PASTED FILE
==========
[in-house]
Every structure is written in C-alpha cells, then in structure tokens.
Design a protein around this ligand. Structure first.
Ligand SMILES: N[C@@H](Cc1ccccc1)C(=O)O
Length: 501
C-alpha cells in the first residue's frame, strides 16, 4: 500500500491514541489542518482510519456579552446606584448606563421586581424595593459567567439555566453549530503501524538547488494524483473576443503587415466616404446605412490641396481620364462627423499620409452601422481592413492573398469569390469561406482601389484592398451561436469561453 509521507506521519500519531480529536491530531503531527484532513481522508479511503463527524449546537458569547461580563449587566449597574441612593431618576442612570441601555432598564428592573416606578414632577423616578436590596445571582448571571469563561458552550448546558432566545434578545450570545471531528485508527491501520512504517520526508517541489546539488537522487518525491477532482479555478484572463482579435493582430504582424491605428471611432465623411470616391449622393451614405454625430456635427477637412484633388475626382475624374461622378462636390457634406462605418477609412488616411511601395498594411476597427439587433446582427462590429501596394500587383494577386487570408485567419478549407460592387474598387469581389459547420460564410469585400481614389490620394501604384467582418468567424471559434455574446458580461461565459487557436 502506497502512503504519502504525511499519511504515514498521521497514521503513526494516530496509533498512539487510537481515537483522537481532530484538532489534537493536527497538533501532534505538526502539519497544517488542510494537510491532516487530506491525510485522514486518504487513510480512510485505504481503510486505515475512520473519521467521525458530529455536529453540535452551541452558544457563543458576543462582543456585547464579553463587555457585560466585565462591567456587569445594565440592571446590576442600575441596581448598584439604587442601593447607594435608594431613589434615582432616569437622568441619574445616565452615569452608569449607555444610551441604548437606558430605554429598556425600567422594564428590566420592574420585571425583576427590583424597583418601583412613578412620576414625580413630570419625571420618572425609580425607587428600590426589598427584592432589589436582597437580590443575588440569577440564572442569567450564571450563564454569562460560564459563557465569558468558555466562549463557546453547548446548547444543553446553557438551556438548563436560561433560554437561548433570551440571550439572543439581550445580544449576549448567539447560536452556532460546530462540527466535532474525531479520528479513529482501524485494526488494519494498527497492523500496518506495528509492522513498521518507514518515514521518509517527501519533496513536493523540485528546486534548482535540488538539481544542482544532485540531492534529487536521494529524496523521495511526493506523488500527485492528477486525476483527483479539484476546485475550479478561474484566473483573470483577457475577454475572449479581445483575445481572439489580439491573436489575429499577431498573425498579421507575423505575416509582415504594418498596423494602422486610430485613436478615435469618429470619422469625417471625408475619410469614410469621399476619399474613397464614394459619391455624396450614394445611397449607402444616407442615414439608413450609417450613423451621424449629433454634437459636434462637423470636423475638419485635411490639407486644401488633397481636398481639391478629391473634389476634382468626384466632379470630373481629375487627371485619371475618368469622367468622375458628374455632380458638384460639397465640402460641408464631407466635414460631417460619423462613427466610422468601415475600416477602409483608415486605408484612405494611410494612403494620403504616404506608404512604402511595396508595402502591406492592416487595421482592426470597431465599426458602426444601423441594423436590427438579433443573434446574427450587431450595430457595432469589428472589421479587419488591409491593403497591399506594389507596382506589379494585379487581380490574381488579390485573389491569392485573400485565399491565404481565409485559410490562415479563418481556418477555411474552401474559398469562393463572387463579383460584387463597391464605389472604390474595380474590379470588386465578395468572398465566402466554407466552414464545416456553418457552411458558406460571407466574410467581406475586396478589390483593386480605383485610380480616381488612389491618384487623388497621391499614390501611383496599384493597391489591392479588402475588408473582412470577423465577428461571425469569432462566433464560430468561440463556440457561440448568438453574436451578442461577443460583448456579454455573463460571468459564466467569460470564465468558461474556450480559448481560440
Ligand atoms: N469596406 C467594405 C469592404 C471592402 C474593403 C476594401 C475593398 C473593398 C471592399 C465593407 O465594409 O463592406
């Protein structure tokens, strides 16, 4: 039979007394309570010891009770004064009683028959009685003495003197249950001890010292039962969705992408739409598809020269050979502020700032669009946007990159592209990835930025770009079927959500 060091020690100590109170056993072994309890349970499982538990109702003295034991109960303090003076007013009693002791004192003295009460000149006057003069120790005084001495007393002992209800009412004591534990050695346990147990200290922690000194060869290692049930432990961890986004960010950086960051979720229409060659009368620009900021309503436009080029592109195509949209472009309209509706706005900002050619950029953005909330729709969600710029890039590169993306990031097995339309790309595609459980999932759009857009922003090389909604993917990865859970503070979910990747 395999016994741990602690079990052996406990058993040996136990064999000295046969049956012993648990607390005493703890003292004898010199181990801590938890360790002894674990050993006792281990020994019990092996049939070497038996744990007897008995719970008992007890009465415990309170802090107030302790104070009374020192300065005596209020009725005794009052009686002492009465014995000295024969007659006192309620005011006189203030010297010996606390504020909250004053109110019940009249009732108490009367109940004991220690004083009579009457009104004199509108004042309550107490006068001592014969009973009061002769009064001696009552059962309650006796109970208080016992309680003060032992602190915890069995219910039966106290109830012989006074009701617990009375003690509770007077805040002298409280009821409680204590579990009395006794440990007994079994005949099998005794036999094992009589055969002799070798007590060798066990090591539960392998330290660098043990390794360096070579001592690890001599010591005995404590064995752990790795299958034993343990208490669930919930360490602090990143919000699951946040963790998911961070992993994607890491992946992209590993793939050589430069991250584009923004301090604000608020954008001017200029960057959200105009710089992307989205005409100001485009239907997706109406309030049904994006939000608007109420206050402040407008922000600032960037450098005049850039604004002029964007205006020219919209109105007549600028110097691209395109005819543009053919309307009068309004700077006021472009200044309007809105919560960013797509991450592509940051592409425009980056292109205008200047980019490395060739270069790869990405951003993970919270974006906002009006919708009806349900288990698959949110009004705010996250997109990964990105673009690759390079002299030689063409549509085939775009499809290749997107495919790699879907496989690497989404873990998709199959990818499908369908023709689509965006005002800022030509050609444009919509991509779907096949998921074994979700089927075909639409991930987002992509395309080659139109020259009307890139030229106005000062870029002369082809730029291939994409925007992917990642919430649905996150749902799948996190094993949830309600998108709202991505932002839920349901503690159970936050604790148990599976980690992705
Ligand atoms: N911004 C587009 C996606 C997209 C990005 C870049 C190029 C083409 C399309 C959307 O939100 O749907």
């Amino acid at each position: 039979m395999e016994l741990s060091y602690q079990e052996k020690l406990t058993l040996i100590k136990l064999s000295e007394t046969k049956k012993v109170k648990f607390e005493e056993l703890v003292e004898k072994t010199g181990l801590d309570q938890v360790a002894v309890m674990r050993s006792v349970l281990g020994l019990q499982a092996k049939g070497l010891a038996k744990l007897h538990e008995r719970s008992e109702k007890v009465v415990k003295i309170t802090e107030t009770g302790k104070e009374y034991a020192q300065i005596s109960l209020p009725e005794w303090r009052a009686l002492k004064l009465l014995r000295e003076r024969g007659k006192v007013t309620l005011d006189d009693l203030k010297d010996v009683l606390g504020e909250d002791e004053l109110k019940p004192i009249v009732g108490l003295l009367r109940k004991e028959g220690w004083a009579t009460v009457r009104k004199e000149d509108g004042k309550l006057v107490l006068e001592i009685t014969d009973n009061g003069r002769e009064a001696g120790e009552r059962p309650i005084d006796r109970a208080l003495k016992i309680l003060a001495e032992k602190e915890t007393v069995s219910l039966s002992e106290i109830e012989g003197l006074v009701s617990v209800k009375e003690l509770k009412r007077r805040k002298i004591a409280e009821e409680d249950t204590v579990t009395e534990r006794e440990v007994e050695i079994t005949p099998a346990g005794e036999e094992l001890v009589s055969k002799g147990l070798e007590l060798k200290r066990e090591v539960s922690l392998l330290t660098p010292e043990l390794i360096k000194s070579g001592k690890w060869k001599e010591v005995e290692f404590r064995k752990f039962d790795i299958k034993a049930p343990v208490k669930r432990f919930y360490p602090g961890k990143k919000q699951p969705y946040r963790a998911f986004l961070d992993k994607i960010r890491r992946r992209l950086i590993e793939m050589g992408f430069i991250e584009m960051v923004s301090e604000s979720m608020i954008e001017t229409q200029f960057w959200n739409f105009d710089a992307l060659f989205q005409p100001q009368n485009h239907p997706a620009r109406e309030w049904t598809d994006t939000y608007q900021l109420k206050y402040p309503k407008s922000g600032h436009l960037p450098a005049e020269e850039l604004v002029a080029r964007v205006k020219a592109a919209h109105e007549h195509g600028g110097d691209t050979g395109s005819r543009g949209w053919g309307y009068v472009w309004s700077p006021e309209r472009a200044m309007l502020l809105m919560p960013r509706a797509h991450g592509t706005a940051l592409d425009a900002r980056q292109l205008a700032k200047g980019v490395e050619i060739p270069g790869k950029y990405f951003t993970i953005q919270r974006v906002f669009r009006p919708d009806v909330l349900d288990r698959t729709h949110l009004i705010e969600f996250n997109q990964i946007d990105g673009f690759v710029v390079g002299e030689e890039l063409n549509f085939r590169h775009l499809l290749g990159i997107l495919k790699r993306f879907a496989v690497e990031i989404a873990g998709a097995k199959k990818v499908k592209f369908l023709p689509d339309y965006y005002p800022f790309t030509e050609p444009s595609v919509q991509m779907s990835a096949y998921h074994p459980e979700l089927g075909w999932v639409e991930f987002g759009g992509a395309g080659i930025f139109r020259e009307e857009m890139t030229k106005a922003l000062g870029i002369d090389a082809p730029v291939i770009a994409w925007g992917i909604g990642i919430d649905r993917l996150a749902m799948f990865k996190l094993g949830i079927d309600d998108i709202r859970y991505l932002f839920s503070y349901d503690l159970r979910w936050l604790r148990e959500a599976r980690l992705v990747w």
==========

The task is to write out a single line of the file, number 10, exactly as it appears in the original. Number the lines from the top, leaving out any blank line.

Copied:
């Amino acid at each position: 039979m395999e016994l741990s060091y602690q079990e052996k020690l406990t058993l040996i100590k136990l064999s000295e007394t046969k049956k012993v109170k648990f607390e005493e056993l703890v003292e004898k072994t010199g181990l801590d309570q938890v360790a002894v309890m674990r050993s006792v349970l281990g020994l019990q499982a092996k049939g070497l010891a038996k744990l007897h538990e008995r719970s008992e109702k007890v009465v415990k003295i309170t802090e107030t009770g302790k104070e009374y034991a020192q300065i005596s109960l209020p009725e005794w303090r009052a009686l002492k004064l009465l014995r000295e003076r024969g007659k006192v007013t309620l005011d006189d009693l203030k010297d010996v009683l606390g504020e909250d002791e004053l109110k019940p004192i009249v009732g108490l003295l009367r109940k004991e028959g220690w004083a009579t009460v009457r009104k004199e000149d509108g004042k309550l006057v107490l006068e001592i009685t014969d009973n009061g003069r002769e009064a001696g120790e009552r059962p309650i005084d006796r109970a208080l003495k016992i309680l003060a001495e032992k602190e915890t007393v069995s219910l039966s002992e106290i109830e012989g003197l006074v009701s617990v209800k009375e003690l509770k009412r007077r805040k002298i004591a409280e009821e409680d249950t204590v579990t009395e534990r006794e440990v007994e050695i079994t005949p099998a346990g005794e036999e094992l001890v009589s055969k002799g147990l070798e007590l060798k200290r066990e090591v539960s922690l392998l330290t660098p010292e043990l390794i360096k000194s070579g001592k690890w060869k001599e010591v005995e290692f404590r064995k752990f039962d790795i299958k034993a049930p343990v208490k669930r432990f919930y360490p602090g961890k990143k919000q699951p969705y946040r963790a998911f986004l961070d992993k994607i960010r890491r992946r992209l950086i590993e793939m050589g992408f430069i991250e584009m960051v923004s301090e604000s979720m608020i954008e001017t229409q200029f960057w959200n739409f105009d710089a992307l060659f989205q005409p100001q009368n485009h239907p997706a620009r109406e309030w049904t598809d994006t939000y608007q900021l109420k206050y402040p309503k407008s922000g600032h436009l960037p450098a005049e020269e850039l604004v002029a080029r964007v205006k020219a592109a919209h109105e007549h195509g600028g110097d691209t050979g395109s005819r543009g949209w053919g309307y009068v472009w309004s700077p006021e309209r472009a200044m309007l502020l809105m919560p960013r509706a797509h991450g592509t706005a940051l592409d425009a900002r980056q292109l205008a700032k200047g980019v490395e050619i060739p270069g790869k950029y990405f951003t993970i953005q919270r974006v906002f669009r009006p919708d009806v909330l349900d288990r698959t729709h949110l009004i705010e969600f996250n997109q990964i946007d990105g673009f690759v710029v390079g002299e030689e890039l063409n549509f085939r590169h775009l499809l290749g990159i997107l495919k790699r993306f879907a496989v690497e990031i989404a873990g998709a097995k199959k990818v499908k592209f369908l023709p689509d339309y965006y005002p800022f790309t030509e050609p444009s595609v919509q991509m779907s990835a096949y998921h074994p459980e979700l089927g075909w999932v639409e991930f987002g759009g992509a395309g080659i930025f139109r020259e009307e857009m890139t030229k106005a922003l000062g870029i002369d090389a082809p730029v291939i770009a994409w925007g992917i909604g990642i919430d649905r993917l996150a749902m799948f990865k996190l094993g949830i079927d309600d998108i709202r859970y991505l932002f839920s503070y349901d503690l159970r979910w936050l604790r148990e959500a599976r980690l992705v990747w």